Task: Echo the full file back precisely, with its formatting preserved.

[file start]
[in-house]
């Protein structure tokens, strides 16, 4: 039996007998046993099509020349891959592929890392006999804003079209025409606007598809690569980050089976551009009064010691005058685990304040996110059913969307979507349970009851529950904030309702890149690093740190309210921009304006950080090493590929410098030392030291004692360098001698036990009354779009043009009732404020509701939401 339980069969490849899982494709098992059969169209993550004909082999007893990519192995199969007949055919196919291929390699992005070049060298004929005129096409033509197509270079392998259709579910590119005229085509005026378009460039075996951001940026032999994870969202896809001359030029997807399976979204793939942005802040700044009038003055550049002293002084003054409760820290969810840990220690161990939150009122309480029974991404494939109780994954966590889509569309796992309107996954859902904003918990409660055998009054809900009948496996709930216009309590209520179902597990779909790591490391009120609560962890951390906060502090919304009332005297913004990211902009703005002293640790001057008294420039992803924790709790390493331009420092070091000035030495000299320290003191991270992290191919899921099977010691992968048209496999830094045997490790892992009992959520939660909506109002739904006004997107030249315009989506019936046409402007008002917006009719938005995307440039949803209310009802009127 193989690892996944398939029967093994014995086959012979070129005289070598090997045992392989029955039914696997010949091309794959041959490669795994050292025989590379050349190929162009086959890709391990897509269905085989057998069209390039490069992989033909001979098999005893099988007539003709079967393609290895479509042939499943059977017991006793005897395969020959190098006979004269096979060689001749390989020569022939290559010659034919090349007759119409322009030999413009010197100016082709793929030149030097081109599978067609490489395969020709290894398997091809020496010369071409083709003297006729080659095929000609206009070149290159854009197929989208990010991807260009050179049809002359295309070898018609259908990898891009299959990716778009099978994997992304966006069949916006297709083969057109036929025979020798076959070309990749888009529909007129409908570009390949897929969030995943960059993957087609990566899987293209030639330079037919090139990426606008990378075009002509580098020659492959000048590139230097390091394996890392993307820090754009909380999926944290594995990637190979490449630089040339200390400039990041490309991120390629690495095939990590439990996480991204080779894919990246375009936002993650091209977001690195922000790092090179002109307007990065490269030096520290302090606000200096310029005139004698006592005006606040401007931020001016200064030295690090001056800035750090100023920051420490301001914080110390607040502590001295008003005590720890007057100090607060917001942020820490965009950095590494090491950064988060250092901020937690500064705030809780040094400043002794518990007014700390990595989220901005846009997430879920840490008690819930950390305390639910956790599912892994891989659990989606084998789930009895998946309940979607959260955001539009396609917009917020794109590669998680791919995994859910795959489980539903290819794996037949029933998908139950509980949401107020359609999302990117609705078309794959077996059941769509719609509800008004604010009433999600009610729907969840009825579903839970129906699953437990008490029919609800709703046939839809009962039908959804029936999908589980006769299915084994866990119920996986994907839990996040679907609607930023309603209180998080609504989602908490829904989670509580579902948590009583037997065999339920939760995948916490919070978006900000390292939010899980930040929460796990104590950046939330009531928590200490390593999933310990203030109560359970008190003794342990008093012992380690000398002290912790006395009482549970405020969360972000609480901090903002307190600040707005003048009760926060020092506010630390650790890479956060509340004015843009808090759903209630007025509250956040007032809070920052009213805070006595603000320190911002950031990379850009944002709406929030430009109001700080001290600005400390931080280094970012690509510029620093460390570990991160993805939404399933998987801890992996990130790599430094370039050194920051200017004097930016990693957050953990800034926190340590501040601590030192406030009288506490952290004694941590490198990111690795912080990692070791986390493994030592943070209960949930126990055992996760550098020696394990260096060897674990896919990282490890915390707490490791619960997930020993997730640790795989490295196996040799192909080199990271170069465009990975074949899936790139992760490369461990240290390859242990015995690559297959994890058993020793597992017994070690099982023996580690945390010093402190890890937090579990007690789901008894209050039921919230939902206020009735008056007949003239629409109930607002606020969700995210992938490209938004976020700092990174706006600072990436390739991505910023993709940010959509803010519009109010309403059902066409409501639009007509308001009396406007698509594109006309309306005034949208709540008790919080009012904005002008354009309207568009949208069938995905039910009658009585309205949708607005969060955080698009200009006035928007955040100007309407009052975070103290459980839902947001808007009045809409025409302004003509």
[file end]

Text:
[in-house]
């Protein structure tokens, strides 16, 4: 039996007998046993099509020349891959592929890392006999804003079209025409606007598809690569980050089976551009009064010691005058685990304040996110059913969307979507349970009851529950904030309702890149690093740190309210921009304006950080090493590929410098030392030291004692360098001698036990009354779009043009009732404020509701939401 339980069969490849899982494709098992059969169209993550004909082999007893990519192995199969007949055919196919291929390699992005070049060298004929005129096409033509197509270079392998259709579910590119005229085509005026378009460039075996951001940026032999994870969202896809001359030029997807399976979204793939942005802040700044009038003055550049002293002084003054409760820290969810840990220690161990939150009122309480029974991404494939109780994954966590889509569309796992309107996954859902904003918990409660055998009054809900009948496996709930216009309590209520179902597990779909790591490391009120609560962890951390906060502090919304009332005297913004990211902009703005002293640790001057008294420039992803924790709790390493331009420092070091000035030495000299320290003191991270992290191919899921099977010691992968048209496999830094045997490790892992009992959520939660909506109002739904006004997107030249315009989506019936046409402007008002917006009719938005995307440039949803209310009802009127 193989690892996944398939029967093994014995086959012979070129005289070598090997045992392989029955039914696997010949091309794959041959490669795994050292025989590379050349190929162009086959890709391990897509269905085989057998069209390039490069992989033909001979098999005893099988007539003709079967393609290895479509042939499943059977017991006793005897395969020959190098006979004269096979060689001749390989020569022939290559010659034919090349007759119409322009030999413009010197100016082709793929030149030097081109599978067609490489395969020709290894398997091809020496010369071409083709003297006729080659095929000609206009070149290159854009197929989208990010991807260009050179049809002359295309070898018609259908990898891009299959990716778009099978994997992304966006069949916006297709083969057109036929025979020798076959070309990749888009529909007129409908570009390949897929969030995943960059993957087609990566899987293209030639330079037919090139990426606008990378075009002509580098020659492959000048590139230097390091394996890392993307820090754009909380999926944290594995990637190979490449630089040339200390400039990041490309991120390629690495095939990590439990996480991204080779894919990246375009936002993650091209977001690195922000790092090179002109307007990065490269030096520290302090606000200096310029005139004698006592005006606040401007931020001016200064030295690090001056800035750090100023920051420490301001914080110390607040502590001295008003005590720890007057100090607060917001942020820490965009950095590494090491950064988060250092901020937690500064705030809780040094400043002794518990007014700390990595989220901005846009997430879920840490008690819930950390305390639910956790599912892994891989659990989606084998789930009895998946309940979607959260955001539009396609917009917020794109590669998680791919995994859910795959489980539903290819794996037949029933998908139950509980949401107020359609999302990117609705078309794959077996059941769509719609509800008004604010009433999600009610729907969840009825579903839970129906699953437990008490029919609800709703046939839809009962039908959804029936999908589980006769299915084994866990119920996986994907839990996040679907609607930023309603209180998080609504989602908490829904989670509580579902948590009583037997065999339920939760995948916490919070978006900000390292939010899980930040929460796990104590950046939330009531928590200490390593999933310990203030109560359970008190003794342990008093012992380690000398002290912790006395009482549970405020969360972000609480901090903002307190600040707005003048009760926060020092506010630390650790890479956060509340004015843009808090759903209630007025509250956040007032809070920052009213805070006595603000320190911002950031990379850009944002709406929030430009109001700080001290600005400390931080280094970012690509510029620093460390570990991160993805939404399933998987801890992996990130790599430094370039050194920051200017004097930016990693957050953990800034926190340590501040601590030192406030009288506490952290004694941590490198990111690795912080990692070791986390493994030592943070209960949930126990055992996760550098020696394990260096060897674990896919990282490890915390707490490791619960997930020993997730640790795989490295196996040799192909080199990271170069465009990975074949899936790139992760490369461990240290390859242990015995690559297959994890058993020793597992017994070690099982023996580690945390010093402190890890937090579990007690789901008894209050039921919230939902206020009735008056007949003239629409109930607002606020969700995210992938490209938004976020700092990174706006600072990436390739991505910023993709940010959509803010519009109010309403059902066409409501639009007509308001009396406007698509594109006309309306005034949208709540008790919080009012904005002008354009309207568009949208069938995905039910009658009585309205949708607005969060955080698009200009006035928007955040100007309407009052975070103290459980839902947001808007009045809409025409302004003509």